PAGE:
Mentions: Male. Predominant color of fresh specimens pale green to yellow, with or without few symmetrical creamy markings and greenish hypodermal patches on crown (Fig 3A–3D). Eyes grayish brown to black (Fig 3A–3D). Ocelli circled by narrow greyish patch, creamy patch mesocaudad distinct or absent (Fig 3A and 3C). Pronotum with or without lighter and irregular creamy patches along anterior margin and arcuate area behind eyes (Fig 3A and 3C). Centre of scutellum antero-mesally, caudad of scutoscutellar sulcus and at each side of lateral margins usually with greyish or creamy patches (Fig 3A and 3C). Face concolorous or yellow at base and indigo at apex of anteclypeus (Fig 3D). Forewing semitransparent in basal 2/3, apical third and hind wing hyaline (Fig 3A and 3B). Legs yellow but usually bearing indigo pattern in some segments (Fig 3B). Female usually with the same color as male, ovipositor grayish to brown. Old and alcohol-preserved specimens generally yellow, with color and markings usually faded.

Bottom Line: This species has been variously identified as Empoasca vitis (Goëthe), Jacobiasca formosana (Paoli) and Empoasca onukii Matsuda in Mainland China, Taiwan and Japan, respectively.Recent study of DNA sequence data suggested that treatment of this pest as different species in these three adjacent regions is incorrect and that they were a single species; but the correct scientific name for the species has remained unclear.Consistent with the prior molecular evidence, morphological study shows that the male genital characters of Chinese specimens are the same as those of specimens from Japan, so the correct scientific name of tea green leafhopper in China is Empoasca (Matsumurasca) onukii Matsuda.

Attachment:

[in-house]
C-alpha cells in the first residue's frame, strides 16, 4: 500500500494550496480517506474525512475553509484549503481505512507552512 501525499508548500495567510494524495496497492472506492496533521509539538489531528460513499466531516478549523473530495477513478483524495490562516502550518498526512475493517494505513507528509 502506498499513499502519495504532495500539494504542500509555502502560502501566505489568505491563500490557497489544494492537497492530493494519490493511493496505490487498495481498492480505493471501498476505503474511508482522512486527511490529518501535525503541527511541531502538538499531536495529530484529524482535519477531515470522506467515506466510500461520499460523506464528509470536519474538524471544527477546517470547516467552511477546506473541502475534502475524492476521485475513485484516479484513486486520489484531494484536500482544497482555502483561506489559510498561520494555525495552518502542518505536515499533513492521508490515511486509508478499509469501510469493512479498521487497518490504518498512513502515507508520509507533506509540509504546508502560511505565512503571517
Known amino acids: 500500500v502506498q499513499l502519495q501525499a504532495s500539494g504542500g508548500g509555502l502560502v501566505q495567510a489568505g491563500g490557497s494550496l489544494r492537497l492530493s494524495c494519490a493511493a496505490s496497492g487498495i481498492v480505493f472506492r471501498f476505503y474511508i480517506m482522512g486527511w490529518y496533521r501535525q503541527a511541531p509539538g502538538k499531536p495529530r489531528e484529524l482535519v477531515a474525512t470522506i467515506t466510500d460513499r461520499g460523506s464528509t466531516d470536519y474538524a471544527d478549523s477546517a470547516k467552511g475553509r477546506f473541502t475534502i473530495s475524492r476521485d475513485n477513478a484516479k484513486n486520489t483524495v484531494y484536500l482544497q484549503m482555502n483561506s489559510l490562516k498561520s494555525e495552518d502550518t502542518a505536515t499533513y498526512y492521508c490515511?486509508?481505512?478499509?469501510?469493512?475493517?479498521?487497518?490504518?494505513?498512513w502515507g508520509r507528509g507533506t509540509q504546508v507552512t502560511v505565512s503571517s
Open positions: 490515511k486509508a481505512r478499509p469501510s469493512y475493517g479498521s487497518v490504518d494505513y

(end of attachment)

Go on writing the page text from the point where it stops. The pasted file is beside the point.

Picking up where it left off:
View Article: PubMed Central - PubMed

Affiliation: Key Laboratory of Plant Protection Resources and Pest Management of the Ministry of Education, Entomological Museum, Northwest A&F University, Yangling, Shaanxi, China.

ABSTRACT
Tea green leafhopper is one of the most dominant pests in major tea production regions of East Asia. This species has been variously identified as Empoasca vitis (Goëthe), Jacobiasca formosana (Paoli) and Empoasca onukii Matsuda in Mainland China, Taiwan and Japan, respectively. Recent study of DNA sequence data suggested that treatment of this pest as different species in these three adjacent regions is incorrect and that they were a single species; but the correct scientific name for the species has remained unclear. Consistent with the prior molecular evidence, morphological study shows that the male genital characters of Chinese specimens are the same as those of specimens from Japan, so the correct scientific name of tea green leafhopper in China is Empoasca (Matsumurasca) onukii Matsuda.

No MeSH data available.


Related in: MedlinePlus